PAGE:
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Earth Day a "Sad Day" for US: Sierra Club Ecologists
Published on Thursday, April 22, 2004 by Agence France Presse
Earth Day a "Sad Day" for US: Sierra Club Ecologists

WASHINGTON - The Sierra Club released a new book timed to coincide with Earth Day, slamming President George W. Bush for pursuing "the worst environmental policy" in almost a century and calling it a "sad day" for the United States.

"Bush has done his best, in only three years, to break our national compact on environmental progress and turn the clock back -- not years or decades, but a full century," said Sierra Club President Carl Pope, one of the authors of "Strategic Ignorance: Why the Bush Administration is Recklessly Destroying a Century of Environmental Progress."

He claims Bush, who took office in 2001 and is seeking a second mandate in the November 2 election, is the first president since Theodore Roosevelt in 1908 to close out his term with the country worse off ecologically than it was when he arrived in office.

"George W. Bush, in three and a half years, has stripped from protected status 135 million acres (55 million hectares), the size of Texas and Oklahoma," said Pope, who lists in his book top administration officials with strong links to the private sector, including the oil industry.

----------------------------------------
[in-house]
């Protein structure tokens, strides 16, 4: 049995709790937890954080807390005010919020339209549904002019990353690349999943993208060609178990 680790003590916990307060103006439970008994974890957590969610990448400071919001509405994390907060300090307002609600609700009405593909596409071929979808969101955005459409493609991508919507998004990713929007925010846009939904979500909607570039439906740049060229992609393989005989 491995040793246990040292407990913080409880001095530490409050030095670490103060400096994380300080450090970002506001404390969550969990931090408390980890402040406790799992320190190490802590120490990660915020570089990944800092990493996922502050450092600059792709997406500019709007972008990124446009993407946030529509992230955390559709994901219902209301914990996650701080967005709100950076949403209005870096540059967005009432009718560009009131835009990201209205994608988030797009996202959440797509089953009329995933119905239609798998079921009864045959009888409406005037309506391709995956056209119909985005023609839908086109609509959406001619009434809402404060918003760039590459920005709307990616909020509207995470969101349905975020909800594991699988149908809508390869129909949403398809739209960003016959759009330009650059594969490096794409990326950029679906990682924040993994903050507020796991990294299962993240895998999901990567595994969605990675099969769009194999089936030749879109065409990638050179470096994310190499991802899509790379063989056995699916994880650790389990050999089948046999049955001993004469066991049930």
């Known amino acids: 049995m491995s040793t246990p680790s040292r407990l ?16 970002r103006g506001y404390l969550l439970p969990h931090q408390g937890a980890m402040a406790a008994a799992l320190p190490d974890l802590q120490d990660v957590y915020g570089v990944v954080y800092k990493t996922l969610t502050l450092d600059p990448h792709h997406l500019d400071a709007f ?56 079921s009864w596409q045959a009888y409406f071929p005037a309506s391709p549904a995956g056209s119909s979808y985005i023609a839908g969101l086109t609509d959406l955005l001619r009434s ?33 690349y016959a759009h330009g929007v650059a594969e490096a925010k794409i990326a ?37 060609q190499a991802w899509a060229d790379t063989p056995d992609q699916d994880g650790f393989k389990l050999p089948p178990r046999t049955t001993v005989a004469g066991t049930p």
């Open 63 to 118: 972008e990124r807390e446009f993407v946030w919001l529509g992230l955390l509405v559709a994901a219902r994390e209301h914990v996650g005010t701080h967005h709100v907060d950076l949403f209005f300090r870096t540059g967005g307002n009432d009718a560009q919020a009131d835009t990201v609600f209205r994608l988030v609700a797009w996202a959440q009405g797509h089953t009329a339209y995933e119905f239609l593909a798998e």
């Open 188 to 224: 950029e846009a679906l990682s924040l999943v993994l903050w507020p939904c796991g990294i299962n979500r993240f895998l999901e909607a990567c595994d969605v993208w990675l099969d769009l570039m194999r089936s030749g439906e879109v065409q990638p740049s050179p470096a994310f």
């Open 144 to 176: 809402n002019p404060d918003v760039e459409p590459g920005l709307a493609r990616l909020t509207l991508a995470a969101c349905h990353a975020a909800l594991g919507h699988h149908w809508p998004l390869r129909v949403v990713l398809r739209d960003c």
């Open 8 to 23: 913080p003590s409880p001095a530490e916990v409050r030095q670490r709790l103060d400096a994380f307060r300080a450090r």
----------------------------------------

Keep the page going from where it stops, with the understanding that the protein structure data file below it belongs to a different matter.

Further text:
"The Bush administration is full of officials who believe -- from the bottom of their hearts, not just their wallets -- that weaker laws on clean air, less funding to clean up toxic waste dumps, and national parks and forests run for private profit are actually good for the country," he charged.

For his part, the US president on Thursday defended his record on the environment, after also coming under attack from his rival in the 2004 race for the White House, Democratic Senator John Kerry.

In a visit to a wetlands area in Wells, Maine, Bush announced a program that would not only preserve US wetlands areas but also extend them.

The White House has said that in its budget for 2005, yet to be approved by Congress, some 349 million dollars would be spent on financing the wetlands initiative.

Copyright © 2004 Agence France Presse.


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